I’m worried about the current very high valuations the market has on this sector, but feel I must be in it because it’s obviously going to be such a driver of economic growth going forward.
I’ve £1k in AXA Framlingham Global Technology, £3k in Neptune Global Technology, £3k in Pictet Robotics and £3k in Polar Capital Global Technology.
I’m late to the party and so sadly haven’t had the benefits of their past performance as all four funds have performed brilliantly this year, being up 33%, 31%, 30% and 45% respectively.
I’ve also got an opening £1k in the AXA Framlingham Robotic Fund. This fund only launched in February 2017, but is going like a rat up a drain-pipe having gained 24% in ten months. I’m betting that they’ll all continue to do well in spite of the stretched valuations.
I’d like more exposure to Japan, but am being patient and waiting for the next suitable buying opportunity. The outstanding fund in the sector is Legg Mason IF Japan Equity Fund Class X (currency hedged) which is up a fraction under 50% for the twelve months to date; I’m holding £5k worth.
China and Hong Kong
This market corrected quite sharply for a couple of weeks in late November/early December, just after I’d topped up the three funds I’m holding, which is the risk I always run as I’m buying into actual momentum.
Not ideal, but nothing got anywhere near my stops and in the last couple of weeks the upward trend has resumed, so all is good.
I’ve £4k in Old Mutual China Equity, £3k in Gam Star China Equity and have very recently opened a £2k position in Baillie Gifford Greater China Fund. Over the last year this has been the star performer, up 50.4% and provided this superb out-performance continues it is the one I want to be over weight in next year.
Terry Smith, the force behind Fundsmith is a legend; generally speaking I’m not a huge fan of the cult of celebrity having met and interviewed many of them in my time and let me tell you most of them are shallow self important tossers – however Terry Smith is anything but.
‘let me tell you most of them are shallow self important tossers’
Google him and read his blogs, he talks total sense. His approach to finding companies to invest in is so blindingly simple as well as sensible, that I’ve devoured his thinking and love it. I’ve currently got £3k in his Fundsmith Equity Fund, however he’s got hundreds of millions in it and I’m happy for my handful of pennies to be riding on the back of his money. The fund is up 23.65% in a year which means on my calculations that he’s made over a million pounds a week from his investment.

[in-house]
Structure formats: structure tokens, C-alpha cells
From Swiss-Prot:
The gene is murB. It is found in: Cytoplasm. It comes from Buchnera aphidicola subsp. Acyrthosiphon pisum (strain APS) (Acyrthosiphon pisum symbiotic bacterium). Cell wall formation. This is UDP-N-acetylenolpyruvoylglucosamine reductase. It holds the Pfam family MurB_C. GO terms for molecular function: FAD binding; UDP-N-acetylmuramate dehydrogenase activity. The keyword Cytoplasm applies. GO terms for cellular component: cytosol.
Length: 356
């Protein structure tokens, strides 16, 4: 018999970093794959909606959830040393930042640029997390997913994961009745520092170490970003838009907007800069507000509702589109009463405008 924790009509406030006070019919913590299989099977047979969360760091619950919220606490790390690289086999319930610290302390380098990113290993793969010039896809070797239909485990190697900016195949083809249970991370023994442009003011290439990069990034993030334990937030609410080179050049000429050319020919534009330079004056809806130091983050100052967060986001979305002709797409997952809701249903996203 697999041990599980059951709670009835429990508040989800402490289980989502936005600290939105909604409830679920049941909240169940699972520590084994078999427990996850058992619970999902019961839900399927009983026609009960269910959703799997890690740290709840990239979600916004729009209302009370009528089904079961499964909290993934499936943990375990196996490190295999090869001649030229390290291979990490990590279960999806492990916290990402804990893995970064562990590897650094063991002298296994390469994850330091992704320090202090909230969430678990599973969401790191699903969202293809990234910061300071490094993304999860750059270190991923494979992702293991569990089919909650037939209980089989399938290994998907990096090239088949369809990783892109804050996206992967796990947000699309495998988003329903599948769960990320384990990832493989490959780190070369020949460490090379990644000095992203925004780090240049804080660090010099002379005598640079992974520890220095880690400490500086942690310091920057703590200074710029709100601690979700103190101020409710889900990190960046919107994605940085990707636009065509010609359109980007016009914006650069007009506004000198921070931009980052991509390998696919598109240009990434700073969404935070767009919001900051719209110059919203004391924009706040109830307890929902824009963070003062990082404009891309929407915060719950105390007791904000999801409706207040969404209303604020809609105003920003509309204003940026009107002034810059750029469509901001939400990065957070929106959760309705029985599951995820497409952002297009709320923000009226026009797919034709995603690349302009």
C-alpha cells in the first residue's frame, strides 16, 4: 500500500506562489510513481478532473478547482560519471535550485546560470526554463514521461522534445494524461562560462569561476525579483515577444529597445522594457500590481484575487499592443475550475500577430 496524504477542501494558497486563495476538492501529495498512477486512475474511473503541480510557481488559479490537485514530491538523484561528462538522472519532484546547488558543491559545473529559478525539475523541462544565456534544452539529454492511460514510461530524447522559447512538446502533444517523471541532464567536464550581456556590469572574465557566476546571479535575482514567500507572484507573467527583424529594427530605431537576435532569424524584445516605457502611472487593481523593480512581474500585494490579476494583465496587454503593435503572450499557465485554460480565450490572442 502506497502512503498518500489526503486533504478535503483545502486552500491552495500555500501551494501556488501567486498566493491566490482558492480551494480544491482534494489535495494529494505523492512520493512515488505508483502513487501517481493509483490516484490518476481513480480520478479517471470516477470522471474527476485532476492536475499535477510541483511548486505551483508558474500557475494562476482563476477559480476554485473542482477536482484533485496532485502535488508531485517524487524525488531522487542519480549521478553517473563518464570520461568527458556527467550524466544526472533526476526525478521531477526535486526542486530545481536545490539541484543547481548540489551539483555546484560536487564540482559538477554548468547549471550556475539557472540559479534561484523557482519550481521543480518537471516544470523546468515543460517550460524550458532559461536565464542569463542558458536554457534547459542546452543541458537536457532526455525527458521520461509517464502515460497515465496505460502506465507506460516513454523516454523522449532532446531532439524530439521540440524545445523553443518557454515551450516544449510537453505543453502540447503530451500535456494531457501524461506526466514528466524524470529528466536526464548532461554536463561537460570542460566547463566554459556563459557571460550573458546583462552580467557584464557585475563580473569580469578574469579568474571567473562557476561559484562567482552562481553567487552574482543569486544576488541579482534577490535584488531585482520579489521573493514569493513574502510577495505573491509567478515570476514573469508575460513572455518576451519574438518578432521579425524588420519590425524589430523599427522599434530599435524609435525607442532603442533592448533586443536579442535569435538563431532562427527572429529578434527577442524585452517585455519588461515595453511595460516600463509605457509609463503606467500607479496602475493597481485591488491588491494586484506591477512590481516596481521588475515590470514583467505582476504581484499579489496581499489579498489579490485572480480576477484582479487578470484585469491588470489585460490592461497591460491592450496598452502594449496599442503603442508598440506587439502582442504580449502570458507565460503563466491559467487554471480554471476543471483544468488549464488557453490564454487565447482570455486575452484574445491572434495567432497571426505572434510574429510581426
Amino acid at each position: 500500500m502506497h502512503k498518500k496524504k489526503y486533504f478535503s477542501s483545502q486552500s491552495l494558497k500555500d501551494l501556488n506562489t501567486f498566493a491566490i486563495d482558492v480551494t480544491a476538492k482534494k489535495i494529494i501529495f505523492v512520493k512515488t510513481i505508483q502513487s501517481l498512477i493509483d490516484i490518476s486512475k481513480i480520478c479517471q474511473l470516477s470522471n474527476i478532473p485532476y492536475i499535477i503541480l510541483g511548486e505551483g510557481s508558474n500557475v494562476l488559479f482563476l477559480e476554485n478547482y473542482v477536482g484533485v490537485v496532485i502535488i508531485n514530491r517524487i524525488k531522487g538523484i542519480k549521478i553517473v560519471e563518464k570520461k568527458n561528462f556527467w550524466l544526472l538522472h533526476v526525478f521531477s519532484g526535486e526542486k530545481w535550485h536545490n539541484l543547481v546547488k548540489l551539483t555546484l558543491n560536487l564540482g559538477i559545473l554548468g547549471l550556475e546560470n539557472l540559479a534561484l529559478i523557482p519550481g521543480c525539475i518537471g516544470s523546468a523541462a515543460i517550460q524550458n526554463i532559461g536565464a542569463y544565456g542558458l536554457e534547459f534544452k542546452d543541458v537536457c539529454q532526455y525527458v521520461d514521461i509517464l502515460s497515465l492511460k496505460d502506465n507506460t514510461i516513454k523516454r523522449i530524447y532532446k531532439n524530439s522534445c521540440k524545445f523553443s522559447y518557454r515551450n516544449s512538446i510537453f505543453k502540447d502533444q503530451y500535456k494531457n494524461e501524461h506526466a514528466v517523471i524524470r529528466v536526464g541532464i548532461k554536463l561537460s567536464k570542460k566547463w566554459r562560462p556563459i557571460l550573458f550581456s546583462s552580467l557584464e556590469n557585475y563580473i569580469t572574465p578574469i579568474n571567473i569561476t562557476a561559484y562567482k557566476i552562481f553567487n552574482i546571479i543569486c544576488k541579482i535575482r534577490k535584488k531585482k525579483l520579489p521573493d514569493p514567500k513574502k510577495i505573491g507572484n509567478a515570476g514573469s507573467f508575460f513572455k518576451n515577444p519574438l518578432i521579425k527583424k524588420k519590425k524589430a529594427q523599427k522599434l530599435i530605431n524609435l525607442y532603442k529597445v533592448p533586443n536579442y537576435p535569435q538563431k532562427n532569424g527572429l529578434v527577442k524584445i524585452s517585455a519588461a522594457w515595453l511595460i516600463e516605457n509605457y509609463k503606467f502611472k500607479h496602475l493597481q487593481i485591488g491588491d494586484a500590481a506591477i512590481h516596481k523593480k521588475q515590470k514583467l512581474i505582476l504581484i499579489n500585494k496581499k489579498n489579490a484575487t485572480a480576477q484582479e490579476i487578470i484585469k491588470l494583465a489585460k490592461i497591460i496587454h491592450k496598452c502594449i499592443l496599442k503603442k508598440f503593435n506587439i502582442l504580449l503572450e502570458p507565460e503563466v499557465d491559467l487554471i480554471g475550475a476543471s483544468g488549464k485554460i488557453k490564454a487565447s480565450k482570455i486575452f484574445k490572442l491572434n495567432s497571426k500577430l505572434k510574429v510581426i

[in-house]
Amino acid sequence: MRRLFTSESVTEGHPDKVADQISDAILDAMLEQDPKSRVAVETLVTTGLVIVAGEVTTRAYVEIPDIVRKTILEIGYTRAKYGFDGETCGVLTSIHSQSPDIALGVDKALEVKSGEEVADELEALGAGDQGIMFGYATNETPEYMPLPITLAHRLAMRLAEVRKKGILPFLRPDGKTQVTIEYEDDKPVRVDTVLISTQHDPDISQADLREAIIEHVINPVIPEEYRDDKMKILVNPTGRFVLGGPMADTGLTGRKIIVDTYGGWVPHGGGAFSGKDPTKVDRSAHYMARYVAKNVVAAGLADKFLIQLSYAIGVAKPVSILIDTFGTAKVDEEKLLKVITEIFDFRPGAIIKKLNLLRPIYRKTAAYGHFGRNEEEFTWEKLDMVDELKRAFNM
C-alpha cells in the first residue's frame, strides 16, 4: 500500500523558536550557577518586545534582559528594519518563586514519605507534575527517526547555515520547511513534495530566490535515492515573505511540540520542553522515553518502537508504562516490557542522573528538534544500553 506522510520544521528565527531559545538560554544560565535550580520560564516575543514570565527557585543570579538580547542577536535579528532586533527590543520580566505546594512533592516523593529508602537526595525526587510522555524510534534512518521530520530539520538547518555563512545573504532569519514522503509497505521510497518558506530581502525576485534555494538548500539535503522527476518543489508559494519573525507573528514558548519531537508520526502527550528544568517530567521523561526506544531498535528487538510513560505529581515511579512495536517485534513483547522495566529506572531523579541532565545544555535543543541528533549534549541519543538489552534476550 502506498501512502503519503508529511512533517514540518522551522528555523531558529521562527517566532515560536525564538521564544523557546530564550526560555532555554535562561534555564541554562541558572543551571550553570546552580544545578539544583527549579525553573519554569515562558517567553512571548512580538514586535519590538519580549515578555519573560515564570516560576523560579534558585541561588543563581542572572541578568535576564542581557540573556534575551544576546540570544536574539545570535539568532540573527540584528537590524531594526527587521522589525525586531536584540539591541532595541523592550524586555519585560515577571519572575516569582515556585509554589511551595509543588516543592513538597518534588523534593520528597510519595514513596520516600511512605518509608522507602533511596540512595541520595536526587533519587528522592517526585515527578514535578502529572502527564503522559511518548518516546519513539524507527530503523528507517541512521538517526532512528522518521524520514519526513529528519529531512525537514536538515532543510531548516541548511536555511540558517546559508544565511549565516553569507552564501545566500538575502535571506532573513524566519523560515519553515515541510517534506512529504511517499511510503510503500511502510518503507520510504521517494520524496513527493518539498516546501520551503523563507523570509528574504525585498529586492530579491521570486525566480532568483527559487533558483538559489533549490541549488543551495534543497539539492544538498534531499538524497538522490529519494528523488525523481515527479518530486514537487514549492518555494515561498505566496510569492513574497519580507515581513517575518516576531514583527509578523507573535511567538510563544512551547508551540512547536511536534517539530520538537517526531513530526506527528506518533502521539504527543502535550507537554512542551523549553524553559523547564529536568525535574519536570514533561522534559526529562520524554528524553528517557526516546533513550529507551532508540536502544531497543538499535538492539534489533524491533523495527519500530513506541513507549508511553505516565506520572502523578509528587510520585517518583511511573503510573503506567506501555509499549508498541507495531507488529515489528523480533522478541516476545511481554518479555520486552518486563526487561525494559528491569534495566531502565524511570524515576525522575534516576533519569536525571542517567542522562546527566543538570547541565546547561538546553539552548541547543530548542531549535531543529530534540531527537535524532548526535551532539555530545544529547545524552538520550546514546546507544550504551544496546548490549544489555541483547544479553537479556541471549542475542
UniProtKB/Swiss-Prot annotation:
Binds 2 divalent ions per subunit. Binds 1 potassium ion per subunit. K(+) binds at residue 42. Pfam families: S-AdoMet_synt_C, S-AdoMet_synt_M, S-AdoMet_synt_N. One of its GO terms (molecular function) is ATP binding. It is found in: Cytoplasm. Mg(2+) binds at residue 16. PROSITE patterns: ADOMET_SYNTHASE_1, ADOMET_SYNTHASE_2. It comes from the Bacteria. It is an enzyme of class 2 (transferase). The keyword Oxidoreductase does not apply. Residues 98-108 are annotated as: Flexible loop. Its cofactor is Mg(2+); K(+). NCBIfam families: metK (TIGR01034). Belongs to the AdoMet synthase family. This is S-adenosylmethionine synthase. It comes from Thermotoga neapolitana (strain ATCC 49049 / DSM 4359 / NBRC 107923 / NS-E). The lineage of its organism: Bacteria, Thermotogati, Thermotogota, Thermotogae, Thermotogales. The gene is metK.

Can I say it makes a nice change for a company boss to be earning millions simply because he’s got serious skin in the game, rather than from the hopelessly over generous remuneration package with its golden hello, ludicrous salary and expenses, share options and all mighty pay off for failure after ‘he’ leaves, having destroyed shareholder value, that so many CEO’s enjoy at the expense of their ordinary shareholders. I’m a big fan of Terry Smith (you don’t say……..Ed).
Lord Lee who is also something of a legend (shame he doesn’t run a fund, I’d invest in that if he did) is also a great fan of skin in the game.
From the point of view of little people like us, hitching a ride with a CEO whose personal wealth is very tied into his business has to make sense. Sure, they won’t always make the right decisions, but one thing you can be certain of, is that they won’t be ‘betting the farm’ on some gormless idea to boost their own ego.
‘Here’s to a happy and prosperous New Year and my resurgence in the Great British Trade Off’
As I write I’ve holdings in five UK focused funds, with just a £1k opening holding in each. If the ‘Santa’ rally continues next week I expect to be topping them all up. Man GLG Undervalued Assets and Man GLG Income Fund do what they say on the tin, the other three are, Janus Henderson UK Small Companies, Marlborough UK Micro-Cap Growth Fund and the best performer in the last twelve months the Jupiter UK Small Companies Fund up 41.76%. In line with my policy of going where the action is, all things being equal this is the one I expect to be heavily loaded into in the coming months.
Specialist/Emerging Markets/High Yield/Global
I’ve £2k in the Sarisin Food and Agriculture Opportunities Fund, in a world with a rising population the need for food isn’t likely to go away anytime soon. £1k in the Neptune Emerging Markets fund, up 29.5% this year and £2k in the JPM Emerging Markets Fund, up 33% this year. £2k in the Invesco Perpetual High Yield Fund up 9.4% and £1k in the AXA Pan European High Yield Bond Fund up 6% and finally £2k in the Neptune Global Alpha Fund. The operative word in that one is ‘alpha’, it’s up 25.4% in a year.
So there we have it for 2017, with hindsight I wish I’d adopted this fund based investing model from day one of the competition. Just look at the percentage increases these funds have enjoyed this year, had I been in them from the outset instead of being four thousand pounds down I’d be over twenty thousand pounds up.
Sure, Fagin would still be in the lead but I’d be close enough to be keeping him looking over his shoulder and worrying.
Oh well, never any point in ‘if’ ‘cause ‘if’ didn’t happen did it? Here’s to a happy and prosperous New Year and my resurgence in the Great British Trade Off.’
Yours aye, Humbug
See all of the thrusts and parries here